Watch: 'Zombie Batteries' cause fires at UK waste and recycling centres
“Zombie batteries” are causing hundreds of fires a year at waste and recycling sites, industry experts have warned. They are urging people to ensure dead batteries are not thrown away in household rubbish or recycling.
Batteries discarded with general waste are likely to be crushed or punctured during collection and processing, according to the Environmental Services Association (Esa). Some types, particularly lithium-ion and nickel-metal hydride batteries, can ignite or explode when damaged and set fire to other materials. In some cases, this leads to incidents requiring dozens of firefighters and the evacuation of residents, potentially putting lives at risk.
Lithium-ion batteries are believed to have been responsible for at least 250 fires at recycling and waste facilities across the UK in the year to March 2020. These fires represented more than a third of all fires reported, up from a quarter the year before.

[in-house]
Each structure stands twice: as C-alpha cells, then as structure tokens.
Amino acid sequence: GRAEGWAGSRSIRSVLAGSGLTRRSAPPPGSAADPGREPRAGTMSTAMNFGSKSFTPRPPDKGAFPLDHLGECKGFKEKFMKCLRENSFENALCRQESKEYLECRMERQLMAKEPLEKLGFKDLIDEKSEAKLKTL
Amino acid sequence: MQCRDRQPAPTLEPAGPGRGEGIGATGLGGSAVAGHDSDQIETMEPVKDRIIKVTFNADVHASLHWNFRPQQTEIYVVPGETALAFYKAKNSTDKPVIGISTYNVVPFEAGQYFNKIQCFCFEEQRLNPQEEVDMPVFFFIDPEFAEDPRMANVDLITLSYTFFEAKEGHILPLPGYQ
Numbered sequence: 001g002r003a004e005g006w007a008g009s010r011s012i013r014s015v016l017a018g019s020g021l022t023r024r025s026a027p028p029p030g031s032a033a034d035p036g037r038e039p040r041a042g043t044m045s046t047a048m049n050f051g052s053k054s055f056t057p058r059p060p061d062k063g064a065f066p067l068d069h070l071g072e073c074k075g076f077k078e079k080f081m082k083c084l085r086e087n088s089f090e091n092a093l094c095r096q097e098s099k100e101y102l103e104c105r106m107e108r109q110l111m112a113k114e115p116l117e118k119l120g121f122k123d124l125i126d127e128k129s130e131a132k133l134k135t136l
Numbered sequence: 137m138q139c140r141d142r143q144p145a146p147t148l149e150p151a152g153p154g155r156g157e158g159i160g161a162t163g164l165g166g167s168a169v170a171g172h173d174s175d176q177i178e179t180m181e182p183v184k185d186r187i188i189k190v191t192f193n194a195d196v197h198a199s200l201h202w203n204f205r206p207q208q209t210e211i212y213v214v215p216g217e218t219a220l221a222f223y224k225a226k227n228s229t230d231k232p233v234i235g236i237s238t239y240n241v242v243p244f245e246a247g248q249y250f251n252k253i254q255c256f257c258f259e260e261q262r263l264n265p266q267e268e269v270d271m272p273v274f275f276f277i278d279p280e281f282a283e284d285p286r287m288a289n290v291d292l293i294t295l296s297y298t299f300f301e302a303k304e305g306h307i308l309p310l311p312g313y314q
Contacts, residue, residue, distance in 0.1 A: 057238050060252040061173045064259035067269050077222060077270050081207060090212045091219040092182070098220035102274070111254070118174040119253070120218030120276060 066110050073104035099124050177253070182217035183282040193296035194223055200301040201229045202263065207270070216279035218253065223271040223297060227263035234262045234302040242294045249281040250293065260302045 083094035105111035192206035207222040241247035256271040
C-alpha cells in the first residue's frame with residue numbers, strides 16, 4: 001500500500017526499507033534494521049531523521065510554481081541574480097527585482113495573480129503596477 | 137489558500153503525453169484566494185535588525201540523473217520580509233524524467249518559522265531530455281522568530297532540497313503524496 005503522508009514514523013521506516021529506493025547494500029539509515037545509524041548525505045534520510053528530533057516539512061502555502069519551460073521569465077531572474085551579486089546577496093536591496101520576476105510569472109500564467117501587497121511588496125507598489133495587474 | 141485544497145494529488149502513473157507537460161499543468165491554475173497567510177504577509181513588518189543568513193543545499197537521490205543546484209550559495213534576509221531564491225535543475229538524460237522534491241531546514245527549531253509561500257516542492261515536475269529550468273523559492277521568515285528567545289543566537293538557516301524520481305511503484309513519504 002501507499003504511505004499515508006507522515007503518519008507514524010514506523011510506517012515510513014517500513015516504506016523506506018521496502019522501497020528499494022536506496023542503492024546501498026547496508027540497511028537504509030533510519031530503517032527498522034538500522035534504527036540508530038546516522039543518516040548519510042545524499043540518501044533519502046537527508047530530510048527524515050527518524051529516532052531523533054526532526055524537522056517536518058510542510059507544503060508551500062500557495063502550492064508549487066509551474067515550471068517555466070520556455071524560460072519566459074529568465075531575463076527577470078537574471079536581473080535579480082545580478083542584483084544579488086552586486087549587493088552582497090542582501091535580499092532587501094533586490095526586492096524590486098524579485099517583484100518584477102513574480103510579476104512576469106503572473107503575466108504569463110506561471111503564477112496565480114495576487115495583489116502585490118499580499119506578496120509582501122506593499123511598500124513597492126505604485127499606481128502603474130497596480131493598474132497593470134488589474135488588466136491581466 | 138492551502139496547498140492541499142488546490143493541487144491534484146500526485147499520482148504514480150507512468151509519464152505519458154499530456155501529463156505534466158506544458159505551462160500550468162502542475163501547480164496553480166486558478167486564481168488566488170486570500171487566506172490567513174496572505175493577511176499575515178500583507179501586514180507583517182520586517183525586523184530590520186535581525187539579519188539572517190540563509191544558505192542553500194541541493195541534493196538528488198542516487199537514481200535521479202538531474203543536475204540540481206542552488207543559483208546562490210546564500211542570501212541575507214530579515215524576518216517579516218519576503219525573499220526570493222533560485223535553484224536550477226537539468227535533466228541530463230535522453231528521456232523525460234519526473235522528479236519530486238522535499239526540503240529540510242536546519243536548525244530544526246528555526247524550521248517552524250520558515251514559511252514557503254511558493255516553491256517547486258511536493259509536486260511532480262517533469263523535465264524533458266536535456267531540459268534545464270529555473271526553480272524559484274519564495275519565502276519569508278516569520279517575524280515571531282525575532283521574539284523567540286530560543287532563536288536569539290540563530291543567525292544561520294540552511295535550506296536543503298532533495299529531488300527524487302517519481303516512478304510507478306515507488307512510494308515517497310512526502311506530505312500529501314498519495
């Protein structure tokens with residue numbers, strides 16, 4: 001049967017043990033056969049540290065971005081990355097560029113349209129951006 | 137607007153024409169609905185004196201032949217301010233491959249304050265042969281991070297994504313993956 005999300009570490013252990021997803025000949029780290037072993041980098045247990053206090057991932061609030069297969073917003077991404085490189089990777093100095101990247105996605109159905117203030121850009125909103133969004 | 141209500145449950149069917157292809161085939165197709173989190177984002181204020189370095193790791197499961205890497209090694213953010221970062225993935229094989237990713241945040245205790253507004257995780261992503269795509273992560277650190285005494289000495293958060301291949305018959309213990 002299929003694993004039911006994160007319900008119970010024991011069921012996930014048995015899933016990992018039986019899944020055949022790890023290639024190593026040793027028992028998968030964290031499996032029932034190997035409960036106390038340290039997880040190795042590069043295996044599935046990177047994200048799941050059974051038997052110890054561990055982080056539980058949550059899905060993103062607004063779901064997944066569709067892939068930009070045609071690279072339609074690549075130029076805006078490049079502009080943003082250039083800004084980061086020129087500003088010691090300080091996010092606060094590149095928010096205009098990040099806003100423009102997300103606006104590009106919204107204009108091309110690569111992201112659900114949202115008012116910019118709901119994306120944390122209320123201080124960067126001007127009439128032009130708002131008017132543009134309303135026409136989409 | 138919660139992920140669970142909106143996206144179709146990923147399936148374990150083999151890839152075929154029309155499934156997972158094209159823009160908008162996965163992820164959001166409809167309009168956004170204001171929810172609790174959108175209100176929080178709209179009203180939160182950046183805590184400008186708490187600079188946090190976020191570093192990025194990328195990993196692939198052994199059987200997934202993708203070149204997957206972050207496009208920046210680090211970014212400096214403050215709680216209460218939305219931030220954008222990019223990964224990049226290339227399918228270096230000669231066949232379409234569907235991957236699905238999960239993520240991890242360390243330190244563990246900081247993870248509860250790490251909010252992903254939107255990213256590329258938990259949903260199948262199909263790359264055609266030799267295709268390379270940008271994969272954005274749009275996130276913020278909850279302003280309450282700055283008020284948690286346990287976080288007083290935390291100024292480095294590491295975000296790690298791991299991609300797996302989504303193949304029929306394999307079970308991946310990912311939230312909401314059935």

Lithium-ion batteries are typically found in laptops, tablets, mobile phones, Bluetooth devices, shavers, electric toothbrushes, power tools and e-cigarettes. They are increasingly prevalent in devices, says Esa, meaning the problem is likely to get worse unless people change their behaviour.
People in the UK throw away 22,000 tonnes of batteries a year, according to Esa, but only 45% are recycled properly.
“Fires caused by carelessly discarded batteries endanger lives, cause millions of pounds of damage and disrupt waste services,” said Jacob Hayler, Esa’s executive director. “We urge consumers to please recycle batteries responsibly by using battery recycling points in shops and recycling centres, or a separate battery kerbside collection if available.”
Mark Andrews, who leads on waste fires for the National Fire Chiefs Council, said: “Batteries in household waste and recycling can lead to large-scale and protracted fires. These incidents are often very challenging for fire services to deal with and can cause significant disruption to communities.”
Esa’s new Take Charge campaign asks the public to “join the fight against zombie batteries” and gives information on where to recycle batteries responsibly.
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